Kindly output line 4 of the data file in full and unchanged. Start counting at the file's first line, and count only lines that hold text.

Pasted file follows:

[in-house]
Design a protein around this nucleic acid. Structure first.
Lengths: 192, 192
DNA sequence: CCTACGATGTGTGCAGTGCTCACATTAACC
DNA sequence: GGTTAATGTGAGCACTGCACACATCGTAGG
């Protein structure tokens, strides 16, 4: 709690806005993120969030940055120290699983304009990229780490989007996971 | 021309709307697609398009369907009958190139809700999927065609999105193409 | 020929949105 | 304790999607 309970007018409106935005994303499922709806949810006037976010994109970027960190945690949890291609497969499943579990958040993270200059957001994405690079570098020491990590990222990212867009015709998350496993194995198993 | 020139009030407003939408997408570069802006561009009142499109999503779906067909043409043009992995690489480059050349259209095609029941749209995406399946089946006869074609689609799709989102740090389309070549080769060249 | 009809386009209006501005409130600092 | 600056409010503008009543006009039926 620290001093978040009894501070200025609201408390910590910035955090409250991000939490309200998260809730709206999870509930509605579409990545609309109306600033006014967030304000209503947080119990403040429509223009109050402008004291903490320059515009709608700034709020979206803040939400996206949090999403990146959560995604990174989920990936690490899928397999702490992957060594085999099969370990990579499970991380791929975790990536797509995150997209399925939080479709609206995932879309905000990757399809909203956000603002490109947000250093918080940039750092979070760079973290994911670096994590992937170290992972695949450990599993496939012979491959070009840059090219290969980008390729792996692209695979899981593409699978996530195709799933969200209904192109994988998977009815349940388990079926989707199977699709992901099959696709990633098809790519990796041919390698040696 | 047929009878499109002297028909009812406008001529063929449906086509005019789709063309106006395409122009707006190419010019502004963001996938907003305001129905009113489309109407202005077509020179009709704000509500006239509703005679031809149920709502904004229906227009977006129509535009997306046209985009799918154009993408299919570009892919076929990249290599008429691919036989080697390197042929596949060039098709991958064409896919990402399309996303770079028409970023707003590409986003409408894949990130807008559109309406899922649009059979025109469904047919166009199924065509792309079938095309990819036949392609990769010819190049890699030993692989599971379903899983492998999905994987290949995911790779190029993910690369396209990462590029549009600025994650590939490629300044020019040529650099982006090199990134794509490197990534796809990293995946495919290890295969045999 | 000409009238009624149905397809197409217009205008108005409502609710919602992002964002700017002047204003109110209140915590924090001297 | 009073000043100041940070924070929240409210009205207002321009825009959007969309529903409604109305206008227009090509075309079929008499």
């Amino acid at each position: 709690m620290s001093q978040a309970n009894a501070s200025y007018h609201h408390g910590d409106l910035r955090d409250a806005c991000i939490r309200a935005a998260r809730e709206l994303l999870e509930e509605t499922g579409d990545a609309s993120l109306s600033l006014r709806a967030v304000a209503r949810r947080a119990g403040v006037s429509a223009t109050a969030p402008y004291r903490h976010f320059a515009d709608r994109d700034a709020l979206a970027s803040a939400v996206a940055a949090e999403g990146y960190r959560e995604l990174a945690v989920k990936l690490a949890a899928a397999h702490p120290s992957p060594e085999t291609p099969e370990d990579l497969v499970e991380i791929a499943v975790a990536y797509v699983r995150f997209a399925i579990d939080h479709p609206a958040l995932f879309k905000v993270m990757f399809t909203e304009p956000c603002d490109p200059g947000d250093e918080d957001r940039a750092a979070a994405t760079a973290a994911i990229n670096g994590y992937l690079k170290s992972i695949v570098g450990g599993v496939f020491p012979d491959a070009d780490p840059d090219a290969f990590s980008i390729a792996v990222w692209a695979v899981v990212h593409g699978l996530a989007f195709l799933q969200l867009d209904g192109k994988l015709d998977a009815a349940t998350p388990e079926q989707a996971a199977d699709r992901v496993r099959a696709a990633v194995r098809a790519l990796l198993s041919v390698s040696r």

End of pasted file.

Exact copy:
DNA sequence: CCTACGATGTGTGCAGTGCTCACATTAACC